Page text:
Monday, September 29, 2008

Running out of digits

By Chloe Angyal
Looking back on a conversation with a very dear friend this weekend, I came to a jarring realization: I can no longer count on one hand the number of people in my life who are survivors of sexual assault.

The oft-reported 1-in-4 statistic for college campuses has caused a good deal of controversy, and I can’t say with any certainty how accurate it is. But I am certain that the number of people in my life who have been sexually assaulted is unacceptable to me, as it should be to everyone.

A realization like the one I had this weekend might have been easier to dismiss if I were surveying a large network of friends and friends-of-friends, but I’m not.

These aren’t acquaintances; they’re close friends, roommates, family members and confidantes. These aren’t promiscuous people; they’re smart, sensible, responsible and respectable people who are survivors of the ultimate violation, and my own personal worst fear. They certainly aren’t all women; sexual assault happens to men, too.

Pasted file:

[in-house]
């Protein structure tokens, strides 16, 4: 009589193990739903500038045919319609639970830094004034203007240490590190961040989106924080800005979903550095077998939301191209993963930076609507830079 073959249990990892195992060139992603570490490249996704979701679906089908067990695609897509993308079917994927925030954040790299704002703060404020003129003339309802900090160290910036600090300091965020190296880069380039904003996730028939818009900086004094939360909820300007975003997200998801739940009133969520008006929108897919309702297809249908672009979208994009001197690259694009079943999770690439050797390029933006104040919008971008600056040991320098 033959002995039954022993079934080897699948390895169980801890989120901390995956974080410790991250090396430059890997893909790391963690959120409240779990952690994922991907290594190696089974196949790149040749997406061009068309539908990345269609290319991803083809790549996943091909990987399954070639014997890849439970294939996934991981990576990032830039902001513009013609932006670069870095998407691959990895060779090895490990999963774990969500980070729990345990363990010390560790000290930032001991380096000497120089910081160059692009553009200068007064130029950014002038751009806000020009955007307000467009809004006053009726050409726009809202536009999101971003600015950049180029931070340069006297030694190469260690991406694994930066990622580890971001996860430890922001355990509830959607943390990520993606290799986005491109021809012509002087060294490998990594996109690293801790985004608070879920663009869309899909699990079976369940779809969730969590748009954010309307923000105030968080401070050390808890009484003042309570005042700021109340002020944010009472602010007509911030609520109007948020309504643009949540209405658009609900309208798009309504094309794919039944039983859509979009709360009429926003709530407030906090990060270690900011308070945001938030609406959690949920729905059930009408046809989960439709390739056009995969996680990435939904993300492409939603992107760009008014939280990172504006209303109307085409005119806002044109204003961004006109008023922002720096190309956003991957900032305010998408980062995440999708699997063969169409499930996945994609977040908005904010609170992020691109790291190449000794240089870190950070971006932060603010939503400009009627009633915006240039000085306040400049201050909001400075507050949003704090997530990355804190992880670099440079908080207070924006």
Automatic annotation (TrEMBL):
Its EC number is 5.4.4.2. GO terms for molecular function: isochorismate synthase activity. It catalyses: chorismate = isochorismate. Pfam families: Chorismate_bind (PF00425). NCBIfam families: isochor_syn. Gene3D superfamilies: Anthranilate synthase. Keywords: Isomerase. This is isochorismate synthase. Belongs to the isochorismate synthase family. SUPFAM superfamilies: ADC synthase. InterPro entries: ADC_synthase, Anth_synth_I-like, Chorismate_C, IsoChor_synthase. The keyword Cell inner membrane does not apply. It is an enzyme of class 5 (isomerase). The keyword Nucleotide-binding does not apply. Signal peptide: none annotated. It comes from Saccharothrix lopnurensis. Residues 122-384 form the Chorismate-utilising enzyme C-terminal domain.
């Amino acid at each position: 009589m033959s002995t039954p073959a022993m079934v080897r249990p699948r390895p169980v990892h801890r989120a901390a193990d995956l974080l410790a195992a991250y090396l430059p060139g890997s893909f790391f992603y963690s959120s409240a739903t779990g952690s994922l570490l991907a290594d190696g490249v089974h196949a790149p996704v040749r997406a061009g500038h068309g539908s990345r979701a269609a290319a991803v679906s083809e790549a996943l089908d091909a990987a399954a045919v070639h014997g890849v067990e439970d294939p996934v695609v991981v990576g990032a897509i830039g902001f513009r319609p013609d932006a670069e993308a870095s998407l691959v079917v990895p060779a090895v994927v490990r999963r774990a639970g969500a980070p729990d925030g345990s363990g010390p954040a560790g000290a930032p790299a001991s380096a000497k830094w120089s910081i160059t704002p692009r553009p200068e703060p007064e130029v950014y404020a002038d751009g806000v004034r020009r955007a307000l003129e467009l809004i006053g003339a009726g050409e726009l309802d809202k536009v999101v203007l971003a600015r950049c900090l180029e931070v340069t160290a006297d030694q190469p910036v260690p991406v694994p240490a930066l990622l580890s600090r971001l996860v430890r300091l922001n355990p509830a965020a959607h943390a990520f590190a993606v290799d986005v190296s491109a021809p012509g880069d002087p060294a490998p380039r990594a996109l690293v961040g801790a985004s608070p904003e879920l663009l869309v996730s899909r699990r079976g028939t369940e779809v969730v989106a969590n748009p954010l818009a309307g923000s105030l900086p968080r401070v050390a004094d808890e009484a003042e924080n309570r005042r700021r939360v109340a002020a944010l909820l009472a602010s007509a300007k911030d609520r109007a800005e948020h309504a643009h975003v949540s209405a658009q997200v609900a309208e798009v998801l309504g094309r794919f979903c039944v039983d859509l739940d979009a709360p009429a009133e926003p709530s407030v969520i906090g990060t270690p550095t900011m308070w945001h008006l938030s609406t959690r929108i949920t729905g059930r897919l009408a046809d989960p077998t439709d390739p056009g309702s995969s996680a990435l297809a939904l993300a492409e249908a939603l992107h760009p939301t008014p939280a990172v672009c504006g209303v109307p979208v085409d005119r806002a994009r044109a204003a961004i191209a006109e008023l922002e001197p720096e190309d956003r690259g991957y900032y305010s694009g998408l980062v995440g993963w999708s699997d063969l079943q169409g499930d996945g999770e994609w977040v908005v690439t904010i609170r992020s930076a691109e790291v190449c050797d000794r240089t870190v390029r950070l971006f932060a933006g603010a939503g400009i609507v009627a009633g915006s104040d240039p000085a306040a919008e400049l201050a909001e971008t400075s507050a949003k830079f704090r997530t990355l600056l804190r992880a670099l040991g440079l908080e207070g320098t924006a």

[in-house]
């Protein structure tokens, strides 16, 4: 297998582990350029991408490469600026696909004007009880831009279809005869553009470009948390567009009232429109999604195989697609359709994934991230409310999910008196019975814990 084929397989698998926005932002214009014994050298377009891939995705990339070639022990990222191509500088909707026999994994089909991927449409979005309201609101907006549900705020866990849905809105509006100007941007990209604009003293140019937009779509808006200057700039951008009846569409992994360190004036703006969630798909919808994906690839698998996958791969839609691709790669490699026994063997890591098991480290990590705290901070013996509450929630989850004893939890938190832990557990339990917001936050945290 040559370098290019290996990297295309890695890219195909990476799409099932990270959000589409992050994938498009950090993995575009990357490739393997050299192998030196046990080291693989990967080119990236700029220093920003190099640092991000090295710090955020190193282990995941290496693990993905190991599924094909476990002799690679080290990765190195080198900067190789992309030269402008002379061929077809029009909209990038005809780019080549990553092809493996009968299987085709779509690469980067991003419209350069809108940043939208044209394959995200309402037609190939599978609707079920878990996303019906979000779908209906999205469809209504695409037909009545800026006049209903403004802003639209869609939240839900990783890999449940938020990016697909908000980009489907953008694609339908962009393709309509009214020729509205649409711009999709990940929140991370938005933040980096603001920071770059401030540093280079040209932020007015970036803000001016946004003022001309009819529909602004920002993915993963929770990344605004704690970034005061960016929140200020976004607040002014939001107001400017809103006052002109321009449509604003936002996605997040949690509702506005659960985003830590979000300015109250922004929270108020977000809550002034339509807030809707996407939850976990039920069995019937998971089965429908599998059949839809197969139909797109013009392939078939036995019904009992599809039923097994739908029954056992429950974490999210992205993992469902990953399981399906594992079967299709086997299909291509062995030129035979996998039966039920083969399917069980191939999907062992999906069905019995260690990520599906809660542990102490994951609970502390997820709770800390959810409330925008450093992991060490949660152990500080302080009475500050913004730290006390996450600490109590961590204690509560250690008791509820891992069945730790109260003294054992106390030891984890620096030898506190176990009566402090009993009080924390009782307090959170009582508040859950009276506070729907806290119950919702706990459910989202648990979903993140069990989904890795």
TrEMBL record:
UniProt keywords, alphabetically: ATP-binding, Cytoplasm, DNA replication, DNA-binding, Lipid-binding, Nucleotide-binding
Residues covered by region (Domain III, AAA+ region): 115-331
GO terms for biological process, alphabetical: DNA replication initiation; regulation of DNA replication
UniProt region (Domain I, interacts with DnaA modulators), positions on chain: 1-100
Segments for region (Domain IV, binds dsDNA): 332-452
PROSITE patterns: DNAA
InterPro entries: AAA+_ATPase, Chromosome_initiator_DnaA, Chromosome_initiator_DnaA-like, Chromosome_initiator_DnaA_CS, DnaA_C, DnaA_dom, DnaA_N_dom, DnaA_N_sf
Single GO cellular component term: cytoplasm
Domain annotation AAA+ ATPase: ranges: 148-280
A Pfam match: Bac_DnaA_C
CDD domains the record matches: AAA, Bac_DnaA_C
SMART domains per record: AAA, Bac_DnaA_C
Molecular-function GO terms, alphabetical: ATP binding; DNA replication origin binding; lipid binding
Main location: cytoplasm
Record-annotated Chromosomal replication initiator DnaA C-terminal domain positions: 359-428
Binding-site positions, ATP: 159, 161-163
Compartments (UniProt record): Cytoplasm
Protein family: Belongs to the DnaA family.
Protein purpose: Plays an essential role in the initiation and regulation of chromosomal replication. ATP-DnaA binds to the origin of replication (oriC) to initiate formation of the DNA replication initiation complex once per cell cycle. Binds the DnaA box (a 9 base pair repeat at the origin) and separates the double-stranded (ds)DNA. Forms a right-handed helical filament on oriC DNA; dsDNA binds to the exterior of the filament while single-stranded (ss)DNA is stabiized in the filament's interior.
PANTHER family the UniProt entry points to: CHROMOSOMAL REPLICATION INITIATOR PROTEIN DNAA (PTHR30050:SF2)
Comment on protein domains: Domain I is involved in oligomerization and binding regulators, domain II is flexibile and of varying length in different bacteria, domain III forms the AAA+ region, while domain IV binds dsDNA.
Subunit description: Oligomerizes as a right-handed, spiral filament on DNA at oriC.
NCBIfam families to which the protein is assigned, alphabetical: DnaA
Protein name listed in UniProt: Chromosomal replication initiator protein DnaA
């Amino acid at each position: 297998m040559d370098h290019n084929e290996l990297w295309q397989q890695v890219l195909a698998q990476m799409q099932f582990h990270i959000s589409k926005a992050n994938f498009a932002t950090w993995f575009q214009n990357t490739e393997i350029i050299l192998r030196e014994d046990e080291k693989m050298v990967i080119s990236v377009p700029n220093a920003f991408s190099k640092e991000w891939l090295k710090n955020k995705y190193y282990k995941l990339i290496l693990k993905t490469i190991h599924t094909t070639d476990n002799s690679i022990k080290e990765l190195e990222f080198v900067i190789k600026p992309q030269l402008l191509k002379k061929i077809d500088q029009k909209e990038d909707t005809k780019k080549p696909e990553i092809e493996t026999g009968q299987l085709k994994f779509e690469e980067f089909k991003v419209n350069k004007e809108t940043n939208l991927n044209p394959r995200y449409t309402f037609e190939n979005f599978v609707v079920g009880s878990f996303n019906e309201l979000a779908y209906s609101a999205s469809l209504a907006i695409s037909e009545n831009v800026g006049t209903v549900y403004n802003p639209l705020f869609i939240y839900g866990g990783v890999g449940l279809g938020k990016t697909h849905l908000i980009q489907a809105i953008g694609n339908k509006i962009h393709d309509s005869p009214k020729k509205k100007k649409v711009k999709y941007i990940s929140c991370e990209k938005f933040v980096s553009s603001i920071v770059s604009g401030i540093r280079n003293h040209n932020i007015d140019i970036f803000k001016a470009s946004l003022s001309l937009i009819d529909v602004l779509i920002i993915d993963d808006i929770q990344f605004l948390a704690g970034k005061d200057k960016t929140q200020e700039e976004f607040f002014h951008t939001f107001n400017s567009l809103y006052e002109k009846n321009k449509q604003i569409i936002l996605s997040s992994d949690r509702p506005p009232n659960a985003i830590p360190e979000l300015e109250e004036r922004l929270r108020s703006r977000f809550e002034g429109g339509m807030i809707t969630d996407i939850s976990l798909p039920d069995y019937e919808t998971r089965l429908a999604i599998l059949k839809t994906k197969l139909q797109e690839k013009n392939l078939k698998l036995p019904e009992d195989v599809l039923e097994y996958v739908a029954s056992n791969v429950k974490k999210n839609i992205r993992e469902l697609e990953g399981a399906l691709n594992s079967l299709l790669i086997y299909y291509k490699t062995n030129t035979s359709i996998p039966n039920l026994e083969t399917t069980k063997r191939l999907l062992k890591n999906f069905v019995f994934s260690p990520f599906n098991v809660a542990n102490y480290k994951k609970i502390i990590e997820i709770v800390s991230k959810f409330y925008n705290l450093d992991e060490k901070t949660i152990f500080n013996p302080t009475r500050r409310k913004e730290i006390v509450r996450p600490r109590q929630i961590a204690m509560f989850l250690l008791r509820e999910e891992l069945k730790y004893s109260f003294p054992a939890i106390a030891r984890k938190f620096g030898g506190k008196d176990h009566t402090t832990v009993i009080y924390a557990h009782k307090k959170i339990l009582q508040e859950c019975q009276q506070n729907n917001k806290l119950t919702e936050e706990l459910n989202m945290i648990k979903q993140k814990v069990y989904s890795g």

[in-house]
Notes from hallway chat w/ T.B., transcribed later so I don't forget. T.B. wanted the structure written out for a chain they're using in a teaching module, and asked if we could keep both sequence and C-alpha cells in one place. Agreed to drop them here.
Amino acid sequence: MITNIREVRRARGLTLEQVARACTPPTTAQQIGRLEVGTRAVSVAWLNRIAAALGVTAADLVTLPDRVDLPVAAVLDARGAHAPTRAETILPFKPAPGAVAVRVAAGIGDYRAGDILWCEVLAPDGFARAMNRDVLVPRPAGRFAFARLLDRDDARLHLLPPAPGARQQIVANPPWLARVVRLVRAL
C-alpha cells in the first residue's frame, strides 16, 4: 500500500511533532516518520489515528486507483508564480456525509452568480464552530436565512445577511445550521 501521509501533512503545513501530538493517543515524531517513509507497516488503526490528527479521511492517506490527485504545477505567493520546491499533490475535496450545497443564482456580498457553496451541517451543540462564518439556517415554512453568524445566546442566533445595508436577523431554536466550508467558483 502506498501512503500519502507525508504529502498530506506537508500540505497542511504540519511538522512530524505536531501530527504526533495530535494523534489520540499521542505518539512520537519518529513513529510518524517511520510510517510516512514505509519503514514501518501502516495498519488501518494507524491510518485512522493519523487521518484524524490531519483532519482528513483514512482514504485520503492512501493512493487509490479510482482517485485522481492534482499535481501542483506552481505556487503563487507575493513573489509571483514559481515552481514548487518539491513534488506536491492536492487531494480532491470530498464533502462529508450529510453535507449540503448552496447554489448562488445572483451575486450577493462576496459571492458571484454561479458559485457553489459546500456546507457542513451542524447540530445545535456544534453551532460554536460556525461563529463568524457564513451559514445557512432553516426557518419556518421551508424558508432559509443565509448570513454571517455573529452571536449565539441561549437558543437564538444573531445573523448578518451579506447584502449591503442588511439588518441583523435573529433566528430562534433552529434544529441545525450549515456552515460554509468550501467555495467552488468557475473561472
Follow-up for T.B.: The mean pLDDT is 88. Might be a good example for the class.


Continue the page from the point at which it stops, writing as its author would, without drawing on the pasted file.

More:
And they aren’t unusual in any way; except for their remarkable strength of character, they are ordinary people. They are people you know, and they are everywhere.
Sexual assault isn’t a one-off occurrence and it isn’t “something that happens, but not here.” It happens here, it happens often and it happens to people who you – yes, you - know and love.
It’s time to do something about sexual assault before we all run out of fingers to count on.

If you or someone you know are a survivor of sexual assault, the following resources are available on campus:
SHARE
Counselling and Psychological Services (3rd floor of McCosh)

And off campus:
Womanspace
RAINN (Rape, Abuse and Incest National Network)

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